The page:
Erik lie backdating study
The problem with this practice, according to the SEC, was that stock option backdating, while difficult to prove, could be considered a criminal act.One of the larger backdating scandals occurred at Brocade Communications, a data storage company.This is not always the case, according to a ruling by federal judge William Alsup of the U. District Court for the Northern District of California.According to Alsup’s reasoning and subsequent ruling, it is improper to infer fraudulent activity based solely on the occurrence of options backdating – further facts must be present and proven before the act can be considered to be fraudulent.The SEC’s opinions regarding backdating and fraud were primarily due to the various tax rules that apply when issuing “in the money” stock options versus the much different – and more financially beneficial – tax rules that apply when issuing “at the money” or "out of the money" stock options.Additionally, companies can use backdating to produce greater executive incomes without having to report higher expenses to their shareholders, which can lower company earnings and/or cause the company to fall short of earnings predictions and public expectations.
With the addition of the Brooks Automation lawsuit, the number of companies named in securities fraud class …While this conclusion is logical in cases of options backdating in which executives knowingly participated in the criminal actions, options backdating can be a result of normal accounting or corporate policies that are not criminal in nature, and is a legal practice as long as the backdated contract is appropriately reported for tax purposes.Academic researchers had long been aware of the pattern, exhibited by some companies, of share prices rising dramatically in the days following grants of stock options to senior management.Continue Reading D & O insurers, concerned about lawsuits that have already have been filed and troubled by the possibility of an unknown number of lawsuits yet to come, have begun to respond to the options backdating investigation.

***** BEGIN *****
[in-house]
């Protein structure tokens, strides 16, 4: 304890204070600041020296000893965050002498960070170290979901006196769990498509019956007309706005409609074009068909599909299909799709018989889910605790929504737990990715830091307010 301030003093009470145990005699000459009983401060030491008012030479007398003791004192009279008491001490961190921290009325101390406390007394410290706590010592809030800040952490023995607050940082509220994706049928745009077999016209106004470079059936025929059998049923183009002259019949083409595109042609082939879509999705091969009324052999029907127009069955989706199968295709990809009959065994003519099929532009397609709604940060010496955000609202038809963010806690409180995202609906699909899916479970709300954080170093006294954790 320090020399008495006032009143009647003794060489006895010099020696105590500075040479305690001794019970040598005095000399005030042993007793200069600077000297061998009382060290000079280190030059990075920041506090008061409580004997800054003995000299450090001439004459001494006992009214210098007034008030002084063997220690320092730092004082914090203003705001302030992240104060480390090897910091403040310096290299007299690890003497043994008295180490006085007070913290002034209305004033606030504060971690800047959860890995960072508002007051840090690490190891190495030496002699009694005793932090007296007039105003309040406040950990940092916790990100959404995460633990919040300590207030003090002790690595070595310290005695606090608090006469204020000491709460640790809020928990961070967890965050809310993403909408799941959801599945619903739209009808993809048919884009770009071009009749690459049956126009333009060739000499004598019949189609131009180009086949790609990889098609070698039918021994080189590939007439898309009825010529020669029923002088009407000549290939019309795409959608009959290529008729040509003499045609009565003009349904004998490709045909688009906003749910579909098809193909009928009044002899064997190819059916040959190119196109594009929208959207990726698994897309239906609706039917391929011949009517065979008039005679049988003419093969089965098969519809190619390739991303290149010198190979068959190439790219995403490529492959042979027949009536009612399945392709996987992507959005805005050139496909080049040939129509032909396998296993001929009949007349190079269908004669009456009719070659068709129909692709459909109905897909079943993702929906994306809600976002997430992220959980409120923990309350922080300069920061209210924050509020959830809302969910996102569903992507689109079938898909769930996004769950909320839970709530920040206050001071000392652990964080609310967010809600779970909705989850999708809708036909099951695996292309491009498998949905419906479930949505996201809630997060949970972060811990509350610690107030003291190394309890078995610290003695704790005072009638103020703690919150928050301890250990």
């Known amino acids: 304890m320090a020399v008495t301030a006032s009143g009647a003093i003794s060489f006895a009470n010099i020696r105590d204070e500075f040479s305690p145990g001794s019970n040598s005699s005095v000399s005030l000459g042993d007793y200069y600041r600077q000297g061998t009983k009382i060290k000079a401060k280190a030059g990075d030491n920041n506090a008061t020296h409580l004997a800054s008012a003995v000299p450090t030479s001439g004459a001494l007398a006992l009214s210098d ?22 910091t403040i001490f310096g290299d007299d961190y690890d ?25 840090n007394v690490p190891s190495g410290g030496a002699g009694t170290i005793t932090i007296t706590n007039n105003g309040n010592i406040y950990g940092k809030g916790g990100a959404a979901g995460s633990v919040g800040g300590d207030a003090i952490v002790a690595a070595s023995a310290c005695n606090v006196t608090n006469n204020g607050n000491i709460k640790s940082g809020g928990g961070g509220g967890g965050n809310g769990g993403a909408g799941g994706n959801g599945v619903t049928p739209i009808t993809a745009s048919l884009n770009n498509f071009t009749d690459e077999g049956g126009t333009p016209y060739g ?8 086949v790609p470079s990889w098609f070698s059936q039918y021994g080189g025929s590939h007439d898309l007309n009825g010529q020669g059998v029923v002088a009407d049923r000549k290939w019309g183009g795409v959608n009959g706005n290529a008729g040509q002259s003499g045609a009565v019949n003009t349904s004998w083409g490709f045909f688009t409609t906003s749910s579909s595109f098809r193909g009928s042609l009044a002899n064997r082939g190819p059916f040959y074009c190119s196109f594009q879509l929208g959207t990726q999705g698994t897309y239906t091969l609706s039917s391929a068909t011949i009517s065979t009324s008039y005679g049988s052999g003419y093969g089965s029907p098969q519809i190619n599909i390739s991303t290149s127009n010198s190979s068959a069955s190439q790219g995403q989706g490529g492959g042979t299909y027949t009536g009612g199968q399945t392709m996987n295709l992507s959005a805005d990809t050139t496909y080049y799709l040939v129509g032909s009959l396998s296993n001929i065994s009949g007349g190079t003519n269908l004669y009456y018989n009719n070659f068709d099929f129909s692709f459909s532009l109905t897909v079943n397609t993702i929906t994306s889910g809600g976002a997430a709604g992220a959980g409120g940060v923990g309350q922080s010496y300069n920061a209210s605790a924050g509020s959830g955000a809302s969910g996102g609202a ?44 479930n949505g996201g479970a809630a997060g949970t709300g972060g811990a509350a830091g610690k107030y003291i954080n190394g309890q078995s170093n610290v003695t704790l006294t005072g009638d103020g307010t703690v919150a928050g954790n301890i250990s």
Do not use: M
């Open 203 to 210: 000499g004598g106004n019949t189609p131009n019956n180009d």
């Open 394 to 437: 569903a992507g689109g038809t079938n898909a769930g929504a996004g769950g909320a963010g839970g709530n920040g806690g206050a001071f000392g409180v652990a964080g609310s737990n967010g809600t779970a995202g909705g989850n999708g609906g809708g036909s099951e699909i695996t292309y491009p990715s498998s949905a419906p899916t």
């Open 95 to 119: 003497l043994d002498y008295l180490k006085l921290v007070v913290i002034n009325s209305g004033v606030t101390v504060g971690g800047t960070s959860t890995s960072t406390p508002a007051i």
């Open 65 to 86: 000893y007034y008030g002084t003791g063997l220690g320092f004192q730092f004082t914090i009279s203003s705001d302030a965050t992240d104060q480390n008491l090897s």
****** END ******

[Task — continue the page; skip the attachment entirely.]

On June 20, 2006, the Wall Street Journal (subscription required) carried an article entitled "Options Timing Raises Concern Among …Corporations, however, have defended the practice of stock option backdating with their legal right to issue options that are already in the money as they see fit, as well as the frequent occurrence in which a lengthy approval process is required.